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Several months ago, talks between the three Cascadia MLS clubs on the contentious issue of ticket allocations for away supporters were mired by exhaustive debates over “fair and equitable” outcomes for all three cities.  After much ballyhoo and grandstanding, 500 was declared the magic number supporters groups could expect when traveling up and down the I-5.
 
Unfortunately, when it comes to the actual distribution of these much-treasured tickets, there has been very little equity for Vancouver supporters whatsoever.
 
Portland’s front office routinely hands tickets over to the Timbers Army for their travels to Seattle. Sounders supporters have recently been handed control of their away tickets as well. No such luck for the Vancouver Southsiders – they are forced to keep a hawk-like watch over local ticketing developments for fear of losing opportunities to actually spend money supporting the Whitecaps.

Earlier this year, Vancouver’s fans eagerly waited for tickets to go on sale for the Cascadia Summit preseason tournament in Seattle. All three clubs issued a joint news release advising that tickets were to be purchased from the Sounders front office or from Ticketmaster. Lo and behold, when the sales date finally arrived neither Ticketmaster nor the Sounders claimed to know anything about Vancouver’s allotment, and declared the tournament completely sold out within a few hours.

Fearing the worst, the Southsiders enlisted the help of the generous members of the Timbers Army supporters club in Portland to ensure themselves of seats at Starfire tourney. As it turns out, the Whitecaps actually did receive a healthy shipment of tickets from Seattle… but it was nearly a week after the initial sale, and contrary to the sales protocols announced weeks earlier.

This turn of events was NOT how these tickets were intended to be distributed. If the rules changed, somebody forgot to tell the fans in Vancouver, and possibly the Whitecaps front office as well. You simply cannot jerk people around like this and not expect a negative reaction, which is why this week’s ticketing news – and the outrage amongst supporters – is even more frustrating.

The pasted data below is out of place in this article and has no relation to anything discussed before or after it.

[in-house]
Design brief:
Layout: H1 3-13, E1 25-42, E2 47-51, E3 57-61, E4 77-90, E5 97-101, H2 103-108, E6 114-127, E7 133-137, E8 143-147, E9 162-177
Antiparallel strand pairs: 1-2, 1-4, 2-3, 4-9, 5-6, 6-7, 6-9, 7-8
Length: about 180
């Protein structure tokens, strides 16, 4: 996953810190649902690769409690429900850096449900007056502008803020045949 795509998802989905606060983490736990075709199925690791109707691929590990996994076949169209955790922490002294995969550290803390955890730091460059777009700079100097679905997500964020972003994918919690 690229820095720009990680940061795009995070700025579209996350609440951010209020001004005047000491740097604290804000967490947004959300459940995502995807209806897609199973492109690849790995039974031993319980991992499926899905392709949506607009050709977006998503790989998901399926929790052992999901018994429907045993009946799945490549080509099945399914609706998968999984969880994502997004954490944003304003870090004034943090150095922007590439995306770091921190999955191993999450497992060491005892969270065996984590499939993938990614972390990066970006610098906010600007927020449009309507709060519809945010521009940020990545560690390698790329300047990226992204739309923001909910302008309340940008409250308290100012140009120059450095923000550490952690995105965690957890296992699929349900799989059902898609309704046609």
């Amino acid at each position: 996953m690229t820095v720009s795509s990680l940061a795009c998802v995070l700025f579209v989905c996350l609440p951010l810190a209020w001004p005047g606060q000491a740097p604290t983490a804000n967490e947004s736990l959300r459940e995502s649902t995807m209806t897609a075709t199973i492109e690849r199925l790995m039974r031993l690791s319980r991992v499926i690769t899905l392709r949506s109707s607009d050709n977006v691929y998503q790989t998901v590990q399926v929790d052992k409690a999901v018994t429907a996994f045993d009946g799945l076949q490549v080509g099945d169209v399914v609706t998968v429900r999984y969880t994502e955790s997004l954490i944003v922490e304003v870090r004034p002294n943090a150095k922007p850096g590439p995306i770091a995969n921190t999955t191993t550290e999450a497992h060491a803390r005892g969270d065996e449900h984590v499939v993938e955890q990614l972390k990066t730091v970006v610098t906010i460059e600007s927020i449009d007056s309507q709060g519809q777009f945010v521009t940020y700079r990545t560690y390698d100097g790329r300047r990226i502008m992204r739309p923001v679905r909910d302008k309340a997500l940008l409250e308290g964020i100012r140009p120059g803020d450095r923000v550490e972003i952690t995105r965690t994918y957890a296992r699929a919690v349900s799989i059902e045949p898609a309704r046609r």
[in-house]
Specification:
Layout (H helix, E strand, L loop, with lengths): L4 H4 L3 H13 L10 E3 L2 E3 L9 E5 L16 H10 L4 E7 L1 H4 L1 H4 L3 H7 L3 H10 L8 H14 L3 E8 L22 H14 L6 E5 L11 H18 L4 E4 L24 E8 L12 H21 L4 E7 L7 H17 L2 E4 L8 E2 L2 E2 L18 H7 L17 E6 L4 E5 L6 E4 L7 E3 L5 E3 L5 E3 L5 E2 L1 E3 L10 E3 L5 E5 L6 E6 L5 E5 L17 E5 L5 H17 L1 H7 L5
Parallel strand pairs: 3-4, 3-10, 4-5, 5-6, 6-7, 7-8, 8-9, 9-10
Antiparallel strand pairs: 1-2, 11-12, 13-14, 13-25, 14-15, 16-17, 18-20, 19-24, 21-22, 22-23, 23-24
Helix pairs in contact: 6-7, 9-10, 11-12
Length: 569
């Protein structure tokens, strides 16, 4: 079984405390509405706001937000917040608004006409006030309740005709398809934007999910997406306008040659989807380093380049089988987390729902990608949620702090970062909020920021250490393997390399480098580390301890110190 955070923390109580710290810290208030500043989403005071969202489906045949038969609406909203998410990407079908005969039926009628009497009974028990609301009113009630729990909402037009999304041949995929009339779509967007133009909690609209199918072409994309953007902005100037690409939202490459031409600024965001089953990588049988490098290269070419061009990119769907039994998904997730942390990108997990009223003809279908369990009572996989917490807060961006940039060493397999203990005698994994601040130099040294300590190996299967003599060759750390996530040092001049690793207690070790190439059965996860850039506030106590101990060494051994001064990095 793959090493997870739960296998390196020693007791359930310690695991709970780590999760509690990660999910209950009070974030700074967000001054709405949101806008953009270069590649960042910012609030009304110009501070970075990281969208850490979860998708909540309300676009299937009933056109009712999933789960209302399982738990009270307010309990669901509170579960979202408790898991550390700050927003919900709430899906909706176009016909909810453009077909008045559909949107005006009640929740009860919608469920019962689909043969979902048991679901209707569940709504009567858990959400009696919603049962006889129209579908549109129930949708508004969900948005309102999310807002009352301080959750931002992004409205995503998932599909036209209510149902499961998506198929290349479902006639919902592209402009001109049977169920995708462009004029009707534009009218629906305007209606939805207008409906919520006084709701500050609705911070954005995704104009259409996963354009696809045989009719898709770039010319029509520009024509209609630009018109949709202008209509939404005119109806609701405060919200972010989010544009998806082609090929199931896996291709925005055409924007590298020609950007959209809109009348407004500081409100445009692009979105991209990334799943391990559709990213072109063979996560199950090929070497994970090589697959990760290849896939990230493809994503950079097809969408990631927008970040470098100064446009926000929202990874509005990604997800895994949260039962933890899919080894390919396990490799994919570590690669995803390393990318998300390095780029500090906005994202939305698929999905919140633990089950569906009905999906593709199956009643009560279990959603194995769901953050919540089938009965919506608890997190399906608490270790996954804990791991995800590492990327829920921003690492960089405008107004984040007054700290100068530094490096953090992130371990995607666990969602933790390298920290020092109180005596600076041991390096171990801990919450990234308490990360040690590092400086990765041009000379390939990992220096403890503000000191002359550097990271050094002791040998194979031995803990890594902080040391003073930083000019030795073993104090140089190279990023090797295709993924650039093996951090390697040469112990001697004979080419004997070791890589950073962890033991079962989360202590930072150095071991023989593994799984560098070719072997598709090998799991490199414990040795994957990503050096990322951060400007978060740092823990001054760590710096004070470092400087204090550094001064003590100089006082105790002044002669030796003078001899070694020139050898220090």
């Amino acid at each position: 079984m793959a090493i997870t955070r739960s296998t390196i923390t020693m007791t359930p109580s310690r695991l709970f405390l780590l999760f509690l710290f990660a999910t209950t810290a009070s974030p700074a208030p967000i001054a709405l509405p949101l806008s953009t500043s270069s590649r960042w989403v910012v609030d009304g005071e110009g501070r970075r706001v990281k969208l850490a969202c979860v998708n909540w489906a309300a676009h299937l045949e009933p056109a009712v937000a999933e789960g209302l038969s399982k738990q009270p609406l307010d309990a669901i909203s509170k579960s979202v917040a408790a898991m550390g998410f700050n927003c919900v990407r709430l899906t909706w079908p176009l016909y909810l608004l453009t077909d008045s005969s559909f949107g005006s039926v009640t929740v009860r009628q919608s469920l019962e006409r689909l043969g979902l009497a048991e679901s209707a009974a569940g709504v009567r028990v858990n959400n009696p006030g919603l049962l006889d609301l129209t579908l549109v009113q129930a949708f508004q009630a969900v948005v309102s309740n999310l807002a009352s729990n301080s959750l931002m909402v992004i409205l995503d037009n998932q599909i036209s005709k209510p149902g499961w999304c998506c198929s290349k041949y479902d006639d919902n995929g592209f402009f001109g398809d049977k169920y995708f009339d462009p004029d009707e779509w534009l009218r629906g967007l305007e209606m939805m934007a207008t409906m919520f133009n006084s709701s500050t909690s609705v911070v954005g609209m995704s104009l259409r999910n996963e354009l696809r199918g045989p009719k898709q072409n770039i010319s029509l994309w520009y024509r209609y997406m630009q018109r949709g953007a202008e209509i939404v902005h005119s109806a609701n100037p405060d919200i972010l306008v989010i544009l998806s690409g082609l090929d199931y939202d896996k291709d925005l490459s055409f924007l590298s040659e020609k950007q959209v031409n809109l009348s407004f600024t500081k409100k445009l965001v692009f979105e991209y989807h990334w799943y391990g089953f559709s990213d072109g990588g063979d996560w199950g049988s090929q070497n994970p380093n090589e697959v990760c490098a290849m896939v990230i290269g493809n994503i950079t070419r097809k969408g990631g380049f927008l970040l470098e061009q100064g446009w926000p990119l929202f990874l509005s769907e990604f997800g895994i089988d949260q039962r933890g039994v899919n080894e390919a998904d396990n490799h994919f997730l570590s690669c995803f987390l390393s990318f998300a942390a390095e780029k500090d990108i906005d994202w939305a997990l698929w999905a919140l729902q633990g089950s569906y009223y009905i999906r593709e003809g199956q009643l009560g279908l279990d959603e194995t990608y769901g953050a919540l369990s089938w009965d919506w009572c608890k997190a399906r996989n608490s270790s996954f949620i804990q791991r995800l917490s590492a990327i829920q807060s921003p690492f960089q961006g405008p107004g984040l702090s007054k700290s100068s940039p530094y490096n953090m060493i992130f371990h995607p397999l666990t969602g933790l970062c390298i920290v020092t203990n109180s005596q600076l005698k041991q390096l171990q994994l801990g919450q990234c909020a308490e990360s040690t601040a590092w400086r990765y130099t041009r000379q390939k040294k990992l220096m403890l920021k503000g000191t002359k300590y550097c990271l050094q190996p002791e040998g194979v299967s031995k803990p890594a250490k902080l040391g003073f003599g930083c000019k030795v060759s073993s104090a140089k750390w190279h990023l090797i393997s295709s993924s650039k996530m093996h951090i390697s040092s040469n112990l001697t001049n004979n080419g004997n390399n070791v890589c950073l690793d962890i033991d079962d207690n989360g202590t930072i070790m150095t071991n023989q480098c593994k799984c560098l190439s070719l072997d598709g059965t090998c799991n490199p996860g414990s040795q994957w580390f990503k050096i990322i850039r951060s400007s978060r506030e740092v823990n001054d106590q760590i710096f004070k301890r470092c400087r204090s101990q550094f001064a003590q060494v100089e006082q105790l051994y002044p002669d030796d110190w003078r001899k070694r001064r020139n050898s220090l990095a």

Upon reviewing the March 19 game day program from the Whitecaps inaugural MLS match, the Southsiders were stunned to learn that corporate sponsor Uniglobe Travel would be a third-party broker to Vancouver’s 500-seat allocations for their regular season derby matches against Seattle and Portland.  Further, Uniglobe was providing charter buses to the travel effort – something the Southsiders had made their own reservations for several weeks prior after being told by front office staff that there were no plans for club-operated buses at that point in time.

I won’t speculate as to whether the Southsiders were intentionally deceived, or whether the staff present for those talks were misinformed. The bottom line is that once again, rules and plans for ticket distribution to Vancouver fans have been changed without consultation or notice to the people affected the most.

Upon reviewing information provided by Uniglobe, four immediate concerns became clear:
 
a) Their ticket and travel costs are significantly higher than the Southsiders previous self-organized bus trips (we can make the same run to Seattle for $50 – $70 less per person);